How to Manage third Party Risk

How to Manage Third-Party Risk

Businesses need to manage third-party risk as part of a comprehensive compliance program to ensure they operate with integrity and thwart any attempts at bribery and corruption. Compliance professionals need to put in place processes and systems that assess risk and focus on the greatest threats among third parties.

Transparency International UK (TI), a leading non-governmental anti-corruption organization, recently launched a dedicated portal that clarifies elements of effective compliance programs. It covers all compliance program components, including managing third parties, procurement and contracting, risk assessment, and financial controls.

Compliance professionals need to put in place processes and systems that assess risk and focus on the greatest threats among third parties.

According to TI, the following key elements are necessary to effectively manage third-party risk:

  • Integrated, company-wide approach: Developing a risk-based, integrated, and consistent approach to anti-bribery management of third parties across the company’s operations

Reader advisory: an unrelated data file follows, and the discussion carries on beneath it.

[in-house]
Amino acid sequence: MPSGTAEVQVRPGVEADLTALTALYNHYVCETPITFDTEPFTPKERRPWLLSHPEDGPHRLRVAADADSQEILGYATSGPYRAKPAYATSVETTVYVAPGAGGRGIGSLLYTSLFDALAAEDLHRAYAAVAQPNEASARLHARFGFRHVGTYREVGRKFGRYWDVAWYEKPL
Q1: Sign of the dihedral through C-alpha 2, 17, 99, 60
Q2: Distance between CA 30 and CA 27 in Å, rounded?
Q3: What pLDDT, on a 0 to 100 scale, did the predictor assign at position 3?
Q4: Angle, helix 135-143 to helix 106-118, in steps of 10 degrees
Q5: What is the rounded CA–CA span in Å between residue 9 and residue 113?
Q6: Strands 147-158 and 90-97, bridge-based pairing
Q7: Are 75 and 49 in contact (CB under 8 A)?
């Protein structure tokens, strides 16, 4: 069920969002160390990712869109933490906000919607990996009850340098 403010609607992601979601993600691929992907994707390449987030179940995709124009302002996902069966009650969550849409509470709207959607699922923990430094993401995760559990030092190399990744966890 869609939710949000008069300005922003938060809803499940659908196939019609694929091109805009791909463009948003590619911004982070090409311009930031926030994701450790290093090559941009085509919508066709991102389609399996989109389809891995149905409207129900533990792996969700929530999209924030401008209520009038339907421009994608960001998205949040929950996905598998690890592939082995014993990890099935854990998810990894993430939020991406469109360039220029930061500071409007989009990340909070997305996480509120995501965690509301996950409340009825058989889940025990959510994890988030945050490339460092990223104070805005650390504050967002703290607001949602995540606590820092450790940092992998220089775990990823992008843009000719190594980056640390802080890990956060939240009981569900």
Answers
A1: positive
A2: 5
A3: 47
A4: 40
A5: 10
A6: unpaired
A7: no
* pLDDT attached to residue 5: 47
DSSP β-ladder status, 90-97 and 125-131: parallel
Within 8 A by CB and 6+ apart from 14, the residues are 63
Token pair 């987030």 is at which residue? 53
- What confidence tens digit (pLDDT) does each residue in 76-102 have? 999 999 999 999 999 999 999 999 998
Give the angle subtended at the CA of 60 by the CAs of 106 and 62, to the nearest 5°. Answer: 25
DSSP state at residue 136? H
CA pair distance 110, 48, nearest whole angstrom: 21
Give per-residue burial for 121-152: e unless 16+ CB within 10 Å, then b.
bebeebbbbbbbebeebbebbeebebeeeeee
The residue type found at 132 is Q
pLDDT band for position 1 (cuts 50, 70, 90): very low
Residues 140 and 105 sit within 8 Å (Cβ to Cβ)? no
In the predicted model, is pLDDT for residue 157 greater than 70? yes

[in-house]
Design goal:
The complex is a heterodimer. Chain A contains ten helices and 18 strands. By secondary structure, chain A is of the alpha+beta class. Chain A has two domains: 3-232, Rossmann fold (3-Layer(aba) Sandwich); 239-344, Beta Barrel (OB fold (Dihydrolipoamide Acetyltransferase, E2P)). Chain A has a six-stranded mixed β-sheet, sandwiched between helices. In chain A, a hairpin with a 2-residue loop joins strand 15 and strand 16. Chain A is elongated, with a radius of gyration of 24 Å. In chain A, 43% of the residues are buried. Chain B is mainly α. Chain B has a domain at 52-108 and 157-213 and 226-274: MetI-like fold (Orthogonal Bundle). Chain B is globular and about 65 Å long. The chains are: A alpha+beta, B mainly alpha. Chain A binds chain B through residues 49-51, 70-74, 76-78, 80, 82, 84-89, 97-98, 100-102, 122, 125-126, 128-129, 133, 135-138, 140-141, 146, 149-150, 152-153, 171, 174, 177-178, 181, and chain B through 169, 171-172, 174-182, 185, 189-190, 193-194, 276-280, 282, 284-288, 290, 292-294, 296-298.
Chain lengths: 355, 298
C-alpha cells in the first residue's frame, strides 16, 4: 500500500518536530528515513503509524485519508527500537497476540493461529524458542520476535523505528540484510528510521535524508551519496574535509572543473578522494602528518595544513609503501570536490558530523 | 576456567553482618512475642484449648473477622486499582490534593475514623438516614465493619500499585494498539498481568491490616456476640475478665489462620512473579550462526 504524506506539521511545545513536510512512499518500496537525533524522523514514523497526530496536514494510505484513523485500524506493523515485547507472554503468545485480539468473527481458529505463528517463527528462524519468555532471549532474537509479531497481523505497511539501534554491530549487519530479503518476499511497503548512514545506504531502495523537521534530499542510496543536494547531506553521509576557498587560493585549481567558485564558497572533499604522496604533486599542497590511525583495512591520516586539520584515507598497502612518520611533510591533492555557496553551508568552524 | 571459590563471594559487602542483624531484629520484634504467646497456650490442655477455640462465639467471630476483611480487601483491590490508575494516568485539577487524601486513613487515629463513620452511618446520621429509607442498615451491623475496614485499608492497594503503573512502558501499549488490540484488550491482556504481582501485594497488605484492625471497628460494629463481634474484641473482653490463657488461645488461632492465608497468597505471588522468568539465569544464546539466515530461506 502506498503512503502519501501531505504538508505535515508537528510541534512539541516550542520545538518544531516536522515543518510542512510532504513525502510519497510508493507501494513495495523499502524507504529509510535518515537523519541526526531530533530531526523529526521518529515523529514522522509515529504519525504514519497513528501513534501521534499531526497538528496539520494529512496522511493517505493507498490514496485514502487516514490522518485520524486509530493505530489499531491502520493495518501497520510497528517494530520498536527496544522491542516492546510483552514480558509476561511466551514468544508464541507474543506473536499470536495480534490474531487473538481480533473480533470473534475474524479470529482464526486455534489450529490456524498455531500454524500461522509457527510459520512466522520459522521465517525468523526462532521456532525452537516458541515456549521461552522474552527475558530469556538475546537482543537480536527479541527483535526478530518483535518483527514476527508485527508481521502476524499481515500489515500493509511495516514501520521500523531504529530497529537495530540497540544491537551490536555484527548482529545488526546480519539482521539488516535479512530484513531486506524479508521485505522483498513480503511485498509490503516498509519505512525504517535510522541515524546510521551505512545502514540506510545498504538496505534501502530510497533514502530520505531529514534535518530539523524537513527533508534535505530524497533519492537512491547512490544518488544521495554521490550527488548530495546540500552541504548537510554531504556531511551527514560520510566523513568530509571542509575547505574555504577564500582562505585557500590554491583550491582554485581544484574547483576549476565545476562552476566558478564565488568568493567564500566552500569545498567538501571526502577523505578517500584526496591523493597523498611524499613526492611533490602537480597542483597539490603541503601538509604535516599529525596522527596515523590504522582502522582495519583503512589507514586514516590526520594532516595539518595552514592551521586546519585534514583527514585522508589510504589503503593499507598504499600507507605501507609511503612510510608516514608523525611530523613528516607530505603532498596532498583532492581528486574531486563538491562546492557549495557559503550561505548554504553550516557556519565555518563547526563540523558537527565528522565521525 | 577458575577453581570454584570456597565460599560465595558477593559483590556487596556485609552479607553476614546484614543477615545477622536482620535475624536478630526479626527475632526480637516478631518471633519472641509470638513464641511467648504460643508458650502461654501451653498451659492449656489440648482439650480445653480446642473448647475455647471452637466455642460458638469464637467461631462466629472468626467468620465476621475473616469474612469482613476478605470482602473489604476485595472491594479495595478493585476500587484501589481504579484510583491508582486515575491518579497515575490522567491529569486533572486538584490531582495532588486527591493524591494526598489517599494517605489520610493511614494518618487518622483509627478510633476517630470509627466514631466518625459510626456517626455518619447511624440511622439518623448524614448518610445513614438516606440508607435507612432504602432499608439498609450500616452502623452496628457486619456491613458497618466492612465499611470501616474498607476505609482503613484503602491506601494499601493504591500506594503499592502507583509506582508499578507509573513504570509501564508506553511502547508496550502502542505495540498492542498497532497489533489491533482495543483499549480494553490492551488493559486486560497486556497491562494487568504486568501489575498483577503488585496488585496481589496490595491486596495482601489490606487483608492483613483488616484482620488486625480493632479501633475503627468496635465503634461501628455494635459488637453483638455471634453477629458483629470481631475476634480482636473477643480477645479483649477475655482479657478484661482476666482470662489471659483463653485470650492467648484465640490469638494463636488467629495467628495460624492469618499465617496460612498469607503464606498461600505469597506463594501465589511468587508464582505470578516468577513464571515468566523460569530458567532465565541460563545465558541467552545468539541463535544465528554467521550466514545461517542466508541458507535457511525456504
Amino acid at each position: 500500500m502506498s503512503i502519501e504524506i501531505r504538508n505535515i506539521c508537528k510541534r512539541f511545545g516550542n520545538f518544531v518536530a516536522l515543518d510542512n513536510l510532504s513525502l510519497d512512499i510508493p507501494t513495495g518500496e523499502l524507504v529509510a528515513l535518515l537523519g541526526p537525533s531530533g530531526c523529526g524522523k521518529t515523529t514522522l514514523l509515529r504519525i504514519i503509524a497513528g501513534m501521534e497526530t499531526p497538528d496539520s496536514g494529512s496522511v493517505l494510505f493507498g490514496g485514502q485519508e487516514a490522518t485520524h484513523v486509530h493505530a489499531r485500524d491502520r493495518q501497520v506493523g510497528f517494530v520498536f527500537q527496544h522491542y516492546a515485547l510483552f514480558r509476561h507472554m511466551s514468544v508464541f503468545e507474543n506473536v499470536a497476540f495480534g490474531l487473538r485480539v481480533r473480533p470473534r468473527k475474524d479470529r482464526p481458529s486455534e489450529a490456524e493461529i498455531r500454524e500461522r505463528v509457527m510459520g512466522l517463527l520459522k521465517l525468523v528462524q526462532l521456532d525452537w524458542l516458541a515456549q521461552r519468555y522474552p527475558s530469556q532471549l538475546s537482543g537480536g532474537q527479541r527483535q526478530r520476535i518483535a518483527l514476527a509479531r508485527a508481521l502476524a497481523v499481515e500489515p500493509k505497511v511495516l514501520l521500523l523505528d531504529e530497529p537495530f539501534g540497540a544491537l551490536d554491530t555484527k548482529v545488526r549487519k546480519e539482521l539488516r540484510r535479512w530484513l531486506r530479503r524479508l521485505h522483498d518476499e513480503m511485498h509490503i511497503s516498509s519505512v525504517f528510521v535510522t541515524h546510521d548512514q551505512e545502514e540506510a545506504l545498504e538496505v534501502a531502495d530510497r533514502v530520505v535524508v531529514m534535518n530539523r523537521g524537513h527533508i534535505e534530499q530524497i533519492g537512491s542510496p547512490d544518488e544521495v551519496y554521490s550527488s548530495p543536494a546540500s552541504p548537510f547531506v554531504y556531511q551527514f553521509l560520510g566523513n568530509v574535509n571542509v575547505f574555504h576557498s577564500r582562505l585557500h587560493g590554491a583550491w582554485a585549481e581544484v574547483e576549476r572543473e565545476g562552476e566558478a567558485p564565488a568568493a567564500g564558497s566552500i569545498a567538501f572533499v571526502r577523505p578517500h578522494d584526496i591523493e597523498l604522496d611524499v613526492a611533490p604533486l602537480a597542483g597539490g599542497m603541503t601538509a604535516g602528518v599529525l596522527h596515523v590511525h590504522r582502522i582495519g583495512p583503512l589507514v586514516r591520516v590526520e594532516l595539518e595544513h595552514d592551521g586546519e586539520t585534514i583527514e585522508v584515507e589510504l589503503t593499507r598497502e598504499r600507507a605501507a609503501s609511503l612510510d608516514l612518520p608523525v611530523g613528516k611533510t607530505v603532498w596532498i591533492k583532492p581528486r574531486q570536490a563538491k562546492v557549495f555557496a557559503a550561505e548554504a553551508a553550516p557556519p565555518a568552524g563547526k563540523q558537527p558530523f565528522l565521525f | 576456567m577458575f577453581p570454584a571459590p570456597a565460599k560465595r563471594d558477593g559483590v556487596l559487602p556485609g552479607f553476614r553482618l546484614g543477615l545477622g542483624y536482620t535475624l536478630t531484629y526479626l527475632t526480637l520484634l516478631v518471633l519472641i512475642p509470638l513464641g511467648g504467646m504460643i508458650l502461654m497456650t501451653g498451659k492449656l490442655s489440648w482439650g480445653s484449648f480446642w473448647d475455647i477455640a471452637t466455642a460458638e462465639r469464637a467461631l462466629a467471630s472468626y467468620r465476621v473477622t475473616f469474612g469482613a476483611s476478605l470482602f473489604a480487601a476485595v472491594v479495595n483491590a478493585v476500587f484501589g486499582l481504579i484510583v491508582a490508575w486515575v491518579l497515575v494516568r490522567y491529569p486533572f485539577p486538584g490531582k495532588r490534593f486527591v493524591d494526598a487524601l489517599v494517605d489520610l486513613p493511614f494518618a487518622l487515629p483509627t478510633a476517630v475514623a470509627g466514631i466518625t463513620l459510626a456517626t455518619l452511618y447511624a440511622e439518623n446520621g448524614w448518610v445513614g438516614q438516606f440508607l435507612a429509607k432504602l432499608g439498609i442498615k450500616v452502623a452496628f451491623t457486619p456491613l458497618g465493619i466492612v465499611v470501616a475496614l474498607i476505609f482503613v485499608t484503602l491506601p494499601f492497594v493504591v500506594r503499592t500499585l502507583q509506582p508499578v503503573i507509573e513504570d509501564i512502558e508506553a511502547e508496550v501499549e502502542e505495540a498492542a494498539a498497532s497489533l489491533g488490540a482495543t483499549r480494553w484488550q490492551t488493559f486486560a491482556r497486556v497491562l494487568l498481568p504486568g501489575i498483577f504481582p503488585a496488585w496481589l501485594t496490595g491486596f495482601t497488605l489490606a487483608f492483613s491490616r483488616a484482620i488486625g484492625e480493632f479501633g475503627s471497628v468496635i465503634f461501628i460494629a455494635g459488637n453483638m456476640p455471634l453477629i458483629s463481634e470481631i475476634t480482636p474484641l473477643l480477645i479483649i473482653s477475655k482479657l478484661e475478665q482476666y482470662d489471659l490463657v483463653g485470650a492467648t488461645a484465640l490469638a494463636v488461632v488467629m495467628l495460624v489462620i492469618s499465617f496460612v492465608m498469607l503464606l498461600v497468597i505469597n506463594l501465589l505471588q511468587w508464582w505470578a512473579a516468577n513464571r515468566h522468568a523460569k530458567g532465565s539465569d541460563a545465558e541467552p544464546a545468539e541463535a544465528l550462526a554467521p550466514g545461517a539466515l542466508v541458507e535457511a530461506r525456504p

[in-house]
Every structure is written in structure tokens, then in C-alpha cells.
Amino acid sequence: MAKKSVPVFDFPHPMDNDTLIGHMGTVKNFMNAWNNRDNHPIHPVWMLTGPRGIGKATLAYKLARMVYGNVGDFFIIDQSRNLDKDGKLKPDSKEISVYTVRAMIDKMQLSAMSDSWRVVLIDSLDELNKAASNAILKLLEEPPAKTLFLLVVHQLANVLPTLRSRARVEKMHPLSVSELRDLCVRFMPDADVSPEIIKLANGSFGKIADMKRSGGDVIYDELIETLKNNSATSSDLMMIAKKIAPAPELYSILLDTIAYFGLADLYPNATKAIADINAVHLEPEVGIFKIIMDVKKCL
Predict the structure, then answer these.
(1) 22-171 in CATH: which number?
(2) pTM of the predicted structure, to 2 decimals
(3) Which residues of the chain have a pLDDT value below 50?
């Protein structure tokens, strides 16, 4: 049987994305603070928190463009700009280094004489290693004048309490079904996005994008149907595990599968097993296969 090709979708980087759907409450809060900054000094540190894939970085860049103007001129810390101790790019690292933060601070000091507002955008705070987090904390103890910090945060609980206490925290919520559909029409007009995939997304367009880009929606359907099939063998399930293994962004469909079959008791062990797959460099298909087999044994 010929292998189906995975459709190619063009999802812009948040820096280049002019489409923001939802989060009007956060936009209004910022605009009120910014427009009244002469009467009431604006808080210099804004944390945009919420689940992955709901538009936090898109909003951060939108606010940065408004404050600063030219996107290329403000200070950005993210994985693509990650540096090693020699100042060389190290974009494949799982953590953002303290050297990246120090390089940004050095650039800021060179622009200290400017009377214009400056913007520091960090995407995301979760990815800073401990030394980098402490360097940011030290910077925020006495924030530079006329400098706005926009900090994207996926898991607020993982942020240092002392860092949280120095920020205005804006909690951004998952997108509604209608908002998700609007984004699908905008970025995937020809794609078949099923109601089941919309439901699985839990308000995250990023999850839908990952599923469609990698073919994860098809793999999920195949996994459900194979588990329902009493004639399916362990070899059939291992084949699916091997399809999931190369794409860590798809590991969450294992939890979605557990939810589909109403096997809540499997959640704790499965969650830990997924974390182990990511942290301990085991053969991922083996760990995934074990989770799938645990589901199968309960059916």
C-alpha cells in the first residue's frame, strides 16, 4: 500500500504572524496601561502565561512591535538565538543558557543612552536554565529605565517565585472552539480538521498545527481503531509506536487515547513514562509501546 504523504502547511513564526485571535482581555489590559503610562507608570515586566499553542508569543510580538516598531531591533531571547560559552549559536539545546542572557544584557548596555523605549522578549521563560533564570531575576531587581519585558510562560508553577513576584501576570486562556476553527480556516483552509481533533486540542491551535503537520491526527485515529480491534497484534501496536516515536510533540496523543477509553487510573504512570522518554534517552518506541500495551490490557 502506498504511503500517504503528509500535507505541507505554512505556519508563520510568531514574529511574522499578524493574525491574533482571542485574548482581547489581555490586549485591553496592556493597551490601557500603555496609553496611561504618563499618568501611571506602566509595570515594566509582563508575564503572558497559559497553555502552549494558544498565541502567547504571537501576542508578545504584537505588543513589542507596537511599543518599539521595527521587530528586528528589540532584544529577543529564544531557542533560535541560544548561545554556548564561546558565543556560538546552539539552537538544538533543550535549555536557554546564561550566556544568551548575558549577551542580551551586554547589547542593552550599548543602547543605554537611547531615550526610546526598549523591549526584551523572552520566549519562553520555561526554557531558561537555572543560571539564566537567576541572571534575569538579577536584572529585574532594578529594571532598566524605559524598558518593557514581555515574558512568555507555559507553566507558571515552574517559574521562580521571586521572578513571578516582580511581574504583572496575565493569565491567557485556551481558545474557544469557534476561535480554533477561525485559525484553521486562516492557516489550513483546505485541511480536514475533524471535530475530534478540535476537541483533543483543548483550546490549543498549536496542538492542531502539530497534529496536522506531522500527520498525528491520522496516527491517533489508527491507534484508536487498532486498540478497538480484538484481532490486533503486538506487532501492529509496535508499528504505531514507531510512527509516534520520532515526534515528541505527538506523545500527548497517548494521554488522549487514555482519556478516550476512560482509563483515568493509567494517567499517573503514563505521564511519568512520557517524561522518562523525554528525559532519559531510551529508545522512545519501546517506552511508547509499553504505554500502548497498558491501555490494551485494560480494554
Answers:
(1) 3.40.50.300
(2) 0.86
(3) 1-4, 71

• Due diligence: Collecting, analyzing, and storing due diligence information about the third parties, including their ownership, how they operate, their integrity and anti-corruption standards, and any significant bribery and corruption risks
  • Be systematic: Applying a comprehensive and consistent approach to registering, conducting due diligence on, and appointing third parties, as well as to the management and monitoring of the relationship
  • Focus on your highest risks: Focusing on the highest risks based on risk assessments
  • Build trust and constructive relationships: Aim for an environment that fosters integrity and counters bribery


4 Steps to Managing Third-Party Risk

Dun & Bradstreet agrees with TI’s guidance on managing third-party risk, and we feel it’s important for businesses to inject processes and controls into the plan so that those steps can be replicated. A four-pronged approach to third-party compliance that weaves TI’s guidance with Dun & Bradstreet recommendations includes the following: